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Orthodoxía (orthodoxy; Gr. ορθοδοξία [ancient Greek]) is defined as correct belief or right opinion. Orthopraxía is defined as correct action, activity, or practice. The word ὀρθοπραξία is modern Greek, a neoclassical construct. The ancient word is ὀρθοπραγία which means “right conduct.”

There is the idea amongst some modern practitioners of Ællinismόs (Hellenismos; Gr. Ἑλληνισμός), the ancient Greek religion, that the religion is only concerned with religious practice, rather than particular beliefs, that if you worship the Gods and do rituals faithfully in accordance with what was done in antiquity, that you are practicing Ællinismόs. Indeed, this would be a form of Ællinismόs for sure, but is this all? This idea comes from the reconstructionists, those who are trying to replicate the ancient religion, who rely upon scholarship. They have read books by scholars who have observed that Ællinismόs, like virtually all ancient religions, is not exclusive, that it is tolerant of other religious systems, that it can even accommodate the Gods of other religions into its own system; therefore, one could conclude that belief is not particularly important in our religion and if it is not important, what is left are the religious practices, the rituals etc. It is unfortunate that some modern practitioners of the religion would take a scholastic observation about the ancient religion and apply it to their belief-system as though it were some kind of rule.

It has been pointed out by scholars that the ancient polytheistic religions generally had no dogmatic texts, unlike Judaism and Christianity, which have books which give a practitioner the theology and required beliefs of their religions. But it is quite difficult to imagine that the religious practices of which so much was made in ancient literature had no belief-system attached to them. It would seem more likely from the evidence that the ancient peoples were simply more tolerant of different belief-systems such that they did not demand the participants to accept the dogma of the priests or temples of which they participated. Just because a religion is tolerant of other religions does not mean that it does not have its own beliefs. With the rise of Christianity and their texts, we do indeed have something new, a religion where belief is paramount and highly exclusive, condemning all other religions...literally...and a book which is declared to be the very word of a God, to such an extent that obvious contradictions found in the text itself are accepted as not contradictions, something rather hard to conceive when looked at from the outside. The contrast between the new monotheist religions and the ancient Greek religion seems to be very dramatic in this regard, but does mean that the old religion did not have significant beliefs? No, what it really means is that the new religion, Christianity, has made the concept of belief foremost and sovereign.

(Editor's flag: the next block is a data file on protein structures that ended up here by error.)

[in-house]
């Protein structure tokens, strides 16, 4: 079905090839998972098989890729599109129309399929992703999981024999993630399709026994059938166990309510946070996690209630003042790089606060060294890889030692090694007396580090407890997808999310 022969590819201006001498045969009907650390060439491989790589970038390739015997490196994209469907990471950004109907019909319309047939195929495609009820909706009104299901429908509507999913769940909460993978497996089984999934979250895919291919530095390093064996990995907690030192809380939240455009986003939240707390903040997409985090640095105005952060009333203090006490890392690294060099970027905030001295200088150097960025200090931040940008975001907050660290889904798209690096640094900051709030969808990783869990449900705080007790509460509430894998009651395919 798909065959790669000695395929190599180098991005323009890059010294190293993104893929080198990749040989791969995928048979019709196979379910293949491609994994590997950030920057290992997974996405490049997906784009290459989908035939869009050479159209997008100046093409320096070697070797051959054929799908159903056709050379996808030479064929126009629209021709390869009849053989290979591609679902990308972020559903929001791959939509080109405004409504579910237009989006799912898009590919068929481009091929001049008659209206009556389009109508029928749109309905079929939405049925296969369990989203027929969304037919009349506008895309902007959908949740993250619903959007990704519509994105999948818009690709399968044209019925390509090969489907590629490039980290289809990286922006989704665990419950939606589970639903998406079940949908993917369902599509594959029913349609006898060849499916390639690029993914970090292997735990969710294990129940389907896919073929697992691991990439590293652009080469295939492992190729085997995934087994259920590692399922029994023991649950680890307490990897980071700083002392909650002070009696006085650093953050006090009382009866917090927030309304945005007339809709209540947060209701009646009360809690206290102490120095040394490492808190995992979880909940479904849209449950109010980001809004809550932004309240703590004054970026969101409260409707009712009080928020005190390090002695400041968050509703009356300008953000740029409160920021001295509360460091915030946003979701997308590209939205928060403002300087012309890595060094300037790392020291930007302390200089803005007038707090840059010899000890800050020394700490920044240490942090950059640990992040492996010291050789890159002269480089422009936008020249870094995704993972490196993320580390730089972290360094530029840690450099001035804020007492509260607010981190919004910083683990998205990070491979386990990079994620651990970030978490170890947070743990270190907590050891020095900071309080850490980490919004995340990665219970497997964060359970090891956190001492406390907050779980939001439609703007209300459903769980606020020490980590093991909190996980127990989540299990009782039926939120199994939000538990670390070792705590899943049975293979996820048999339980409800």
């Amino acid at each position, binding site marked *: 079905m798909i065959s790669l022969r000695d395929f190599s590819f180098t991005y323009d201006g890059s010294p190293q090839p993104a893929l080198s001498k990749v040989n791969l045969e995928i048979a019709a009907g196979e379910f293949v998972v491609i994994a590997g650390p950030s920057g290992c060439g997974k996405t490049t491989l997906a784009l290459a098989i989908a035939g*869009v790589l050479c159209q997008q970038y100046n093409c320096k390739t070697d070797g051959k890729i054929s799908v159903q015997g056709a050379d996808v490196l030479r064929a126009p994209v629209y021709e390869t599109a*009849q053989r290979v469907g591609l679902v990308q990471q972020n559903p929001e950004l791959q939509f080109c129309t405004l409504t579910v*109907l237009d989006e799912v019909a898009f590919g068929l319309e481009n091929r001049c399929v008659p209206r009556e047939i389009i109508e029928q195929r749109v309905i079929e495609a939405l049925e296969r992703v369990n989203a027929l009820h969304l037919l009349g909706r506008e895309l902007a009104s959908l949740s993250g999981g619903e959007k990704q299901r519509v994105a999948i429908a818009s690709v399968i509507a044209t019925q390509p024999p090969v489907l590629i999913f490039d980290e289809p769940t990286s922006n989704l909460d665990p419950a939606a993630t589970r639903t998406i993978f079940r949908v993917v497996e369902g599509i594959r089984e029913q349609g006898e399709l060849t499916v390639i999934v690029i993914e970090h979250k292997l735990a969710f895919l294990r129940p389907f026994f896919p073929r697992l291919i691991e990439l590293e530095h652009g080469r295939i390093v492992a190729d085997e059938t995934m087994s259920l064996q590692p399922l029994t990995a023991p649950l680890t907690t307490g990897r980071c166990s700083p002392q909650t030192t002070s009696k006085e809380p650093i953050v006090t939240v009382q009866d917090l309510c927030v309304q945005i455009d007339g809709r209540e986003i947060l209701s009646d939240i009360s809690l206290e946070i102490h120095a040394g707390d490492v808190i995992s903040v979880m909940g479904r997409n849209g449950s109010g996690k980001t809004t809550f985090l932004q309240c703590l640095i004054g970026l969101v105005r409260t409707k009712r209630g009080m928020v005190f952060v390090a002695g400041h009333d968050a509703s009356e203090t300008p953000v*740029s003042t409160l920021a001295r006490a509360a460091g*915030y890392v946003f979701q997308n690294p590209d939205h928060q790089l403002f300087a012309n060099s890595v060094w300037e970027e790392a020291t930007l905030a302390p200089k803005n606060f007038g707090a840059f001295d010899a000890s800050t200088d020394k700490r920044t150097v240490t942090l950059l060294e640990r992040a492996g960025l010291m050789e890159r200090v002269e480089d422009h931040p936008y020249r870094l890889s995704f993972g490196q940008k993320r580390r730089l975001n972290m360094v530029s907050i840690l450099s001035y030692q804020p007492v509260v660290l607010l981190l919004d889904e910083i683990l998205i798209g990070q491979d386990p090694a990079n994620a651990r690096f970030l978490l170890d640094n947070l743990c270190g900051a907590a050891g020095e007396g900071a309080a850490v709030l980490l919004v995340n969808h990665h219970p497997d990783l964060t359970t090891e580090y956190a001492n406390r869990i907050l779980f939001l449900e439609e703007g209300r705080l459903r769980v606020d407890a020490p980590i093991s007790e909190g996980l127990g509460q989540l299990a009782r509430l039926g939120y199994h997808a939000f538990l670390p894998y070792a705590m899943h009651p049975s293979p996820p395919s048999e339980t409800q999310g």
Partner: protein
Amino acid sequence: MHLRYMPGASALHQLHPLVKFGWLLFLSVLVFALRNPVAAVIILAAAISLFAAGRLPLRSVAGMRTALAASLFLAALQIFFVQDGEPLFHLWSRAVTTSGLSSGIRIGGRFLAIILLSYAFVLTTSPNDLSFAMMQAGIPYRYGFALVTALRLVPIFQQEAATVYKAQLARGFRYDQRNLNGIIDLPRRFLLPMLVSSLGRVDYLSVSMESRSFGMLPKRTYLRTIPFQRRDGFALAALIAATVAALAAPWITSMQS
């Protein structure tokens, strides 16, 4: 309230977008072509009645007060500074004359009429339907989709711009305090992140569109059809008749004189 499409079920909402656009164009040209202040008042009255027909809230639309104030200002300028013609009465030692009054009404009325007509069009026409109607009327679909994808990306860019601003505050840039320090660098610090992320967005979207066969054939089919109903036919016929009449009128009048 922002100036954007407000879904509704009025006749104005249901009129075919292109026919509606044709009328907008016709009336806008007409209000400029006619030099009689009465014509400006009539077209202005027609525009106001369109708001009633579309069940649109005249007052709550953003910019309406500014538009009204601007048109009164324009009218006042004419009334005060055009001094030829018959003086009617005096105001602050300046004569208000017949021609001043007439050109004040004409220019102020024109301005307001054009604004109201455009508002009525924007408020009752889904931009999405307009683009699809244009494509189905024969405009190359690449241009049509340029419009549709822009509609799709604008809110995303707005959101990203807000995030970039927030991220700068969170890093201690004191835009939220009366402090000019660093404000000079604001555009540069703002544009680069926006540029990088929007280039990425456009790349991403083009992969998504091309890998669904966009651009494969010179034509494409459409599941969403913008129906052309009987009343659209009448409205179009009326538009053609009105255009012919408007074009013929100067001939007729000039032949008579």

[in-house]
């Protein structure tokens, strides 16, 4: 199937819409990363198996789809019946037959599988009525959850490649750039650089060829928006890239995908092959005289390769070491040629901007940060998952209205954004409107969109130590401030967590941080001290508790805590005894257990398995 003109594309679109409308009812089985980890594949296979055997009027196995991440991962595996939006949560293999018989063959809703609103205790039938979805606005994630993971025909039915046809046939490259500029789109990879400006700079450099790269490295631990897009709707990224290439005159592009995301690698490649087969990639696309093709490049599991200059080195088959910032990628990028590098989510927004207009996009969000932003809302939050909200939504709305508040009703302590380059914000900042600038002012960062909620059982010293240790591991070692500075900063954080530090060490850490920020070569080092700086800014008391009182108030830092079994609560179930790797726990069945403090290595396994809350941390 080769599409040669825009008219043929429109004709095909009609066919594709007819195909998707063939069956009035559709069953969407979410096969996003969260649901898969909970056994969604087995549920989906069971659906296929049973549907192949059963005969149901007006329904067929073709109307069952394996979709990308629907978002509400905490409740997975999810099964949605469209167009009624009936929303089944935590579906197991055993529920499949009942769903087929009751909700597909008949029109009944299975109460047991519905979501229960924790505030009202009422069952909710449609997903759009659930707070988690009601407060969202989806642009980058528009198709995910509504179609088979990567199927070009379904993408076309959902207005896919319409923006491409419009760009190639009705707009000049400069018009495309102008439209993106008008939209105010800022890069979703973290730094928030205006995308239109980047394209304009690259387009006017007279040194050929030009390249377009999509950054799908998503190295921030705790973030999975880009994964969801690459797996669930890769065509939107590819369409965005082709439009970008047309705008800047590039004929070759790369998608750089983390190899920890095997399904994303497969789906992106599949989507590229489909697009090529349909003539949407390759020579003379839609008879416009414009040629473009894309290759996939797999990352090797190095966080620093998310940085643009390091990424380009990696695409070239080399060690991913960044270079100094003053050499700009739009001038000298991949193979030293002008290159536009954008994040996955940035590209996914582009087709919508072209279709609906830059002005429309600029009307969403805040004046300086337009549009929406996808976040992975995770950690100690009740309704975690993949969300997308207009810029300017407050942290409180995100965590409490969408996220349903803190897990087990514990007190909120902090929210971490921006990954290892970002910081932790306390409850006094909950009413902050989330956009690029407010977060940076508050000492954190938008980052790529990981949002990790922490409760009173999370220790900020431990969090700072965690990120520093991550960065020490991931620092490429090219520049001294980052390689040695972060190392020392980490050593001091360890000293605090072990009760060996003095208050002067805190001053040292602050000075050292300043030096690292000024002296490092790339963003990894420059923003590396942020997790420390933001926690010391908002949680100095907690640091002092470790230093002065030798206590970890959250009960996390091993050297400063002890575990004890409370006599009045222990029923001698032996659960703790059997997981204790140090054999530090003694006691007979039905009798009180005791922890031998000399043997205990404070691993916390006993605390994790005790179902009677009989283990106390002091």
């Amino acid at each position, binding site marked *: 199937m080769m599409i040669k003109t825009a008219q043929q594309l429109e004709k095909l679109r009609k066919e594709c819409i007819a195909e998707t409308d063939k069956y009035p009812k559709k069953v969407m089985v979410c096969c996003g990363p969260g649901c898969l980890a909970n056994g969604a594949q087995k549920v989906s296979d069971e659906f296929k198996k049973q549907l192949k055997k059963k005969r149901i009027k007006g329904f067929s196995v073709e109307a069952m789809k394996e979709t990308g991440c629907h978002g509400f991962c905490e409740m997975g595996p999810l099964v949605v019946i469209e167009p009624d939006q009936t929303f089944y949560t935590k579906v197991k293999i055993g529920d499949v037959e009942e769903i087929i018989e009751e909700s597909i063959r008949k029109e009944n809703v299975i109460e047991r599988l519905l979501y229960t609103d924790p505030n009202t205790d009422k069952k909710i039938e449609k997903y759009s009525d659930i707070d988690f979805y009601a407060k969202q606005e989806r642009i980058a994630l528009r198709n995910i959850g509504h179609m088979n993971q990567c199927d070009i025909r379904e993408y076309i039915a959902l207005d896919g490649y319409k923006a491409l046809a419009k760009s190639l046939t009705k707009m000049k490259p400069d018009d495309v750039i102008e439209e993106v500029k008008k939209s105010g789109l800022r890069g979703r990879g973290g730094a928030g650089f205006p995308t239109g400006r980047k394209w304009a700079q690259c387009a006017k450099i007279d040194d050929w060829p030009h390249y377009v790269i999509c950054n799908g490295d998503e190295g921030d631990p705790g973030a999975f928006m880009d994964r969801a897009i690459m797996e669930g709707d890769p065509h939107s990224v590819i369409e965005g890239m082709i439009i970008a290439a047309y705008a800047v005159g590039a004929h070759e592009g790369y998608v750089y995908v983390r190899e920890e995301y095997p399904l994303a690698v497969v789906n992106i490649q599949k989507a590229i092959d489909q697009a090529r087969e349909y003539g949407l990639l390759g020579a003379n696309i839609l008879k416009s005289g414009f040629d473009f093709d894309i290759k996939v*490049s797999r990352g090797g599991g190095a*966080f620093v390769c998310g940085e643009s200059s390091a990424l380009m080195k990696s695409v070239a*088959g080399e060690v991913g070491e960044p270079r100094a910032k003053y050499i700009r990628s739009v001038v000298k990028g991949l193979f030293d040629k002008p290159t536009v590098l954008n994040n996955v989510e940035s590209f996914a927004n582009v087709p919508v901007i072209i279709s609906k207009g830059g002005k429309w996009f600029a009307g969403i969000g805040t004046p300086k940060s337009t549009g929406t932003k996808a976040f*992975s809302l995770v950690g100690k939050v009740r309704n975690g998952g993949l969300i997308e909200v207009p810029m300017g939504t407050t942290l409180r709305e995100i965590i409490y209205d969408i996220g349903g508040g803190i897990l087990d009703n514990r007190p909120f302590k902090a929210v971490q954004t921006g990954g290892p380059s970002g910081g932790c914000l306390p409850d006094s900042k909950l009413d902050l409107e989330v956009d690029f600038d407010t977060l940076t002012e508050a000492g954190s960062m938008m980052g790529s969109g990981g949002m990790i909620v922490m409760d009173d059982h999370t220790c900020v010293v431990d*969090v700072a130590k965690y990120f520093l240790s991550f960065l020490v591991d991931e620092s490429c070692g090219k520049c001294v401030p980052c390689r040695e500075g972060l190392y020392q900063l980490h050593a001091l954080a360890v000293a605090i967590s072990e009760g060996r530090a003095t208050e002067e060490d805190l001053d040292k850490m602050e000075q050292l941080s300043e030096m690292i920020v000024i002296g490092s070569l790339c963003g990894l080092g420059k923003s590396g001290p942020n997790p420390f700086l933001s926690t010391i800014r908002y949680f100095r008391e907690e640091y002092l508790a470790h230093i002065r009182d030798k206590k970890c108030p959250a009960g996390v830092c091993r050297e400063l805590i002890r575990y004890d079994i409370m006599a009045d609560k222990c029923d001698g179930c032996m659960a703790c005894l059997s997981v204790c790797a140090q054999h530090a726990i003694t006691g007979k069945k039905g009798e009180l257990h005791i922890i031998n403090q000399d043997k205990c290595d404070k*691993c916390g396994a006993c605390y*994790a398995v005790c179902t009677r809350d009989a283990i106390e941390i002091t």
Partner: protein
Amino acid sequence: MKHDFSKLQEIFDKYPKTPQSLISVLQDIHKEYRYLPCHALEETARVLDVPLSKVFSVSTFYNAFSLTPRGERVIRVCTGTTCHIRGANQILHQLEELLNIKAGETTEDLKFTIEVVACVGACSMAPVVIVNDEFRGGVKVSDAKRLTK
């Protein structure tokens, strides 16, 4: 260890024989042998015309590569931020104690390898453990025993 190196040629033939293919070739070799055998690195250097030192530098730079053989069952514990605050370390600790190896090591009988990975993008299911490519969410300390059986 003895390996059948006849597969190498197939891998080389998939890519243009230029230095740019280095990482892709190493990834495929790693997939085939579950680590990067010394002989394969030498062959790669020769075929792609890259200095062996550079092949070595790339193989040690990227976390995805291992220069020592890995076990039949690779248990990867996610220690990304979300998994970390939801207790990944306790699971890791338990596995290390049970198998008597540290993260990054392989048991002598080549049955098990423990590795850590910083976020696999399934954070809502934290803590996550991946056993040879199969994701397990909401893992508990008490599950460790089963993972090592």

If religion is only concerned with correct practice, an outward form, without concern for some kind of belief or understanding, using ordinary logic one can see that such a religion would be based on a shell, a façade. It is what is concealed within the outside that must be important, the very heart of it, for there to be intrinsic value in a religion. As a matter of fact, there are many scholars who have come to such a conclusion and dismissed the ancient religion as being entirely superficial, largely based on testimony in the ancient texts themselves, for there is considerable evidence of a religion in which the people seemed to worship Gods in order to obtain favors or to propitiate them, leading one to think that this was the entire religion. Likewise, there are many of our religion who in the 21st century also read these texts and imitate this, believing the same as the scholars have observed. Undoubtedly, there certainly was such religion in antiquity. But there was something more, and the scholars are also aware of this. Just as in modern times, there is superficial religion amongst the masses, but there also exists deeper religion for those who wish to access it, so also in antiquity there was philosophy (philosophy; Gr. Φιλοσοφία) for those who wished to pursue a more substantial religion with great meaning. So, what is concealed in the heart of the shell of our practices? …the Mystíria (Mysteries; Gr. Μυστήρια), the deeper meaning of our religion, which includes the pursuit of wisdom, the aim of philosophía.